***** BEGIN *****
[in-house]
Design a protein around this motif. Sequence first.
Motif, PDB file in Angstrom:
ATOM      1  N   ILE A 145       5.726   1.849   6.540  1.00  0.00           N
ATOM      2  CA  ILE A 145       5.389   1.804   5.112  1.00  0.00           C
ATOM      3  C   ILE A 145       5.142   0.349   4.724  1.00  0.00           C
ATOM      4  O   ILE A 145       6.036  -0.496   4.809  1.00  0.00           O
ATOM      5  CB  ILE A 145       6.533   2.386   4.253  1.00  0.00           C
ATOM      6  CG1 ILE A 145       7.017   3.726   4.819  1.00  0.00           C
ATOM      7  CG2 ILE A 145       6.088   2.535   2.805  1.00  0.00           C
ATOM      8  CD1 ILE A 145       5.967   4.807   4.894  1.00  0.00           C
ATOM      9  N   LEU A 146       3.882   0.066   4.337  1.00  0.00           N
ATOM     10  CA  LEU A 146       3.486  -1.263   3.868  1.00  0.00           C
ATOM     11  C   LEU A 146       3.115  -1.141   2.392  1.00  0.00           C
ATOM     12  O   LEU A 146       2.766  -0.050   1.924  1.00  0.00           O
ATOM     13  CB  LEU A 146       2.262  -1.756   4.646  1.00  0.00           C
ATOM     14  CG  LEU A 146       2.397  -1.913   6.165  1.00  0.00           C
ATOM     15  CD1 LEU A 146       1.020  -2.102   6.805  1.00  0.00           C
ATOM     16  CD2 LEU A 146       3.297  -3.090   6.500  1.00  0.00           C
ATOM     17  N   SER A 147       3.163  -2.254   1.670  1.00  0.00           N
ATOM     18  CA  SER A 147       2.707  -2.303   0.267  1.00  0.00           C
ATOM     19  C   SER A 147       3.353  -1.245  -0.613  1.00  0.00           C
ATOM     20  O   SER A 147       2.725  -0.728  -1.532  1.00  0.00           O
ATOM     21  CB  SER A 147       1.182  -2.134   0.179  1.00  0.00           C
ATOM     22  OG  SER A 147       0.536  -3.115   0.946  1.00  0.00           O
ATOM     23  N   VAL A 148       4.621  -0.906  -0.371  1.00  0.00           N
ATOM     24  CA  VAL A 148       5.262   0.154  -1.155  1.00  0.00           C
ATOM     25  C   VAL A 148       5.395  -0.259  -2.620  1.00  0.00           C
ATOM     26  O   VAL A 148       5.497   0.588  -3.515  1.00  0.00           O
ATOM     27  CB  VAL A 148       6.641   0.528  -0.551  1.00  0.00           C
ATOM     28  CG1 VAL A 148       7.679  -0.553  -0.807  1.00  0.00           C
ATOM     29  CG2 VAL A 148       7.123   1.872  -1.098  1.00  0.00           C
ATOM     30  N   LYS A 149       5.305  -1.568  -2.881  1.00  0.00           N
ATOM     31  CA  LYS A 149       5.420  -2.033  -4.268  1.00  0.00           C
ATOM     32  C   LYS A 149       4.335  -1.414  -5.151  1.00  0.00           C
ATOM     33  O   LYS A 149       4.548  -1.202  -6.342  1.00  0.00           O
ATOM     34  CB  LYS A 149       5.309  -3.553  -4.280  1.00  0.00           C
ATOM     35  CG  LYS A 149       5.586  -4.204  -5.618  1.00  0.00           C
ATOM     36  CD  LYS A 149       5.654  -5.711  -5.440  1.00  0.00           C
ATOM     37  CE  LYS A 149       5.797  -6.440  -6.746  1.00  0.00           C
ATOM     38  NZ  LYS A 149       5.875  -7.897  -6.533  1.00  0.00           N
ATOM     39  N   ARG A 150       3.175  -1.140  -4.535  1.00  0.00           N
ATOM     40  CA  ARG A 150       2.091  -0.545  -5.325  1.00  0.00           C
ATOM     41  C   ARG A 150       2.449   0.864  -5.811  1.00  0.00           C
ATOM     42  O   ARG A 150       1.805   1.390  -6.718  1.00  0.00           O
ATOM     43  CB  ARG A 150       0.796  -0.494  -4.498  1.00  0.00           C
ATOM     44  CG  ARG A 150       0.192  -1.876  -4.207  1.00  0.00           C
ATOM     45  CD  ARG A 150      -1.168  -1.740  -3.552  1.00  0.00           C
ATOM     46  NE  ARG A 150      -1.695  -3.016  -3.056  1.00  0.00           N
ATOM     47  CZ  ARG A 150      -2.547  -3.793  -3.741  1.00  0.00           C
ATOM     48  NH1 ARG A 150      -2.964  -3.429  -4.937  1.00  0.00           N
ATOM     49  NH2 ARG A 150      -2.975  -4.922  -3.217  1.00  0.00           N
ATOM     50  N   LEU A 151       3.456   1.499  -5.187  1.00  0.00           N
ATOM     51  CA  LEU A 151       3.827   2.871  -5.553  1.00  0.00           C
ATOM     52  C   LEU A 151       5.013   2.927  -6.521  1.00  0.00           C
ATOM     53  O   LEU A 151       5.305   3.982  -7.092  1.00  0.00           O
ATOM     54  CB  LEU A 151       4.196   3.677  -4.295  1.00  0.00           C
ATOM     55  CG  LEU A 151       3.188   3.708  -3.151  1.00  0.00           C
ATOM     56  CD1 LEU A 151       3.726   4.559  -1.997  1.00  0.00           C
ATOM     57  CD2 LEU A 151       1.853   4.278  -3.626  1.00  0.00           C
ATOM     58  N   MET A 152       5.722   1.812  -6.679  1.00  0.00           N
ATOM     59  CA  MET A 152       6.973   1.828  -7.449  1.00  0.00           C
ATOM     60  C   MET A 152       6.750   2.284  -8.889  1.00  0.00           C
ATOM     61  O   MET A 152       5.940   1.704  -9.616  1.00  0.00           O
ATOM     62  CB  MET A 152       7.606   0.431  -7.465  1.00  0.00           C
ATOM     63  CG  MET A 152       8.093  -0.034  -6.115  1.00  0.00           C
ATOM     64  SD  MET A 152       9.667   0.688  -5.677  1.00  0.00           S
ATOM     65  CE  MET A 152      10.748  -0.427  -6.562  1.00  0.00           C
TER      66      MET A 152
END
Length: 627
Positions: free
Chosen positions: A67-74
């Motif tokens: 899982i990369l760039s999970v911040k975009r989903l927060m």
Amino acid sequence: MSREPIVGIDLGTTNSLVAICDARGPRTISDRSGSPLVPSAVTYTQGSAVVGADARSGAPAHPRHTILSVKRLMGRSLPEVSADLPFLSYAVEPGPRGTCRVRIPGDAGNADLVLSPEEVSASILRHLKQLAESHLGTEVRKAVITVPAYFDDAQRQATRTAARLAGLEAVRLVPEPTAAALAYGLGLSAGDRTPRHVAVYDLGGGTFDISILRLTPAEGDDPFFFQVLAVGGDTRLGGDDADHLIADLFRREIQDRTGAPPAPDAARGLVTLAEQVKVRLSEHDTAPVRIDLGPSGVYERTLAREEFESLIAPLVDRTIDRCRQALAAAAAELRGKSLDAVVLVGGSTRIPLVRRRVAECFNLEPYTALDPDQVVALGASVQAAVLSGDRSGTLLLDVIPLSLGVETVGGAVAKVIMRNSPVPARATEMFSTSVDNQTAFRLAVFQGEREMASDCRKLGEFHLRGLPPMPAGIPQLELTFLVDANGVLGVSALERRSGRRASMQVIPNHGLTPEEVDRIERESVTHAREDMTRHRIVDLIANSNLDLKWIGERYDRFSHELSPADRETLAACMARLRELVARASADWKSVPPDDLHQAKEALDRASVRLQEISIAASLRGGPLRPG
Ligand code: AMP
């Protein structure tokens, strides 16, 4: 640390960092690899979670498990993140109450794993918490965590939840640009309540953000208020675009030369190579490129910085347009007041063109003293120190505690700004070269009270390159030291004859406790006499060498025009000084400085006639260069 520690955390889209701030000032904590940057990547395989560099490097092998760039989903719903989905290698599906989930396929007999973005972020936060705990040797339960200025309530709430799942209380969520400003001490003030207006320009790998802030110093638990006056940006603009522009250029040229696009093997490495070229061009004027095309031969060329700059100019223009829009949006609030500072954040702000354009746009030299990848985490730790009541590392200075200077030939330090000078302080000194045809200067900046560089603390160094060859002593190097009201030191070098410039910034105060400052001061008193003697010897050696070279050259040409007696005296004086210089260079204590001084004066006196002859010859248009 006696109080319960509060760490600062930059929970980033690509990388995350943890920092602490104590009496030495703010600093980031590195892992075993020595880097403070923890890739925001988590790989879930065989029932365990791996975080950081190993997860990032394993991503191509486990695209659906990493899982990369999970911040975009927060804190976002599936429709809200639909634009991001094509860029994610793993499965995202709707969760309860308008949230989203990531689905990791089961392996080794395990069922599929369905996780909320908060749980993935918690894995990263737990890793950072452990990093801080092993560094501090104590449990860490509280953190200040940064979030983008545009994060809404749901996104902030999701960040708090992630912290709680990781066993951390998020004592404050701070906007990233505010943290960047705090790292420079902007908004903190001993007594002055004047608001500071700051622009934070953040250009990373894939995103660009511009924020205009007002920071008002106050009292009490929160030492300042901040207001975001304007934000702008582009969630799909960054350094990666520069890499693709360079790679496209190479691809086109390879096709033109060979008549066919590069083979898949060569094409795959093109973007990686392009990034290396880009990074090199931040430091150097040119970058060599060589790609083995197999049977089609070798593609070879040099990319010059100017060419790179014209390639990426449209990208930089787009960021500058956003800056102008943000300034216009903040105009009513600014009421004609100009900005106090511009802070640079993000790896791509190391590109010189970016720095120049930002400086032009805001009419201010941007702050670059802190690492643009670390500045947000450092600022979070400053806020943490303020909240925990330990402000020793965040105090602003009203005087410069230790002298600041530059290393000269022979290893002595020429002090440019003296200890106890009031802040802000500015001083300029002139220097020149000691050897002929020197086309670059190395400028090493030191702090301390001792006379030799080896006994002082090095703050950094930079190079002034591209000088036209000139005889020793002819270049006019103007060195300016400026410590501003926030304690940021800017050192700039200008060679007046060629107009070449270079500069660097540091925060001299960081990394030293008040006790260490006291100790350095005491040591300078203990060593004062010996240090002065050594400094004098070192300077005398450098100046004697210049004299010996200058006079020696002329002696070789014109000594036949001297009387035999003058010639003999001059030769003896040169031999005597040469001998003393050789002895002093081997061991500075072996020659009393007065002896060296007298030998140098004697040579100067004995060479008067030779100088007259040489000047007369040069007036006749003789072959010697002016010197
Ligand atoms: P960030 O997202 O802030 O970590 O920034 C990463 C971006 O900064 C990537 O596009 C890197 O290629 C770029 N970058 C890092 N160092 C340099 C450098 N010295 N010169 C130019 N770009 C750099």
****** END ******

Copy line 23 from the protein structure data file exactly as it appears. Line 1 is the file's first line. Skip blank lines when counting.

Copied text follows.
ATOM     20  O   SER A 147       2.725  -0.728  -1.532  1.00  0.00           O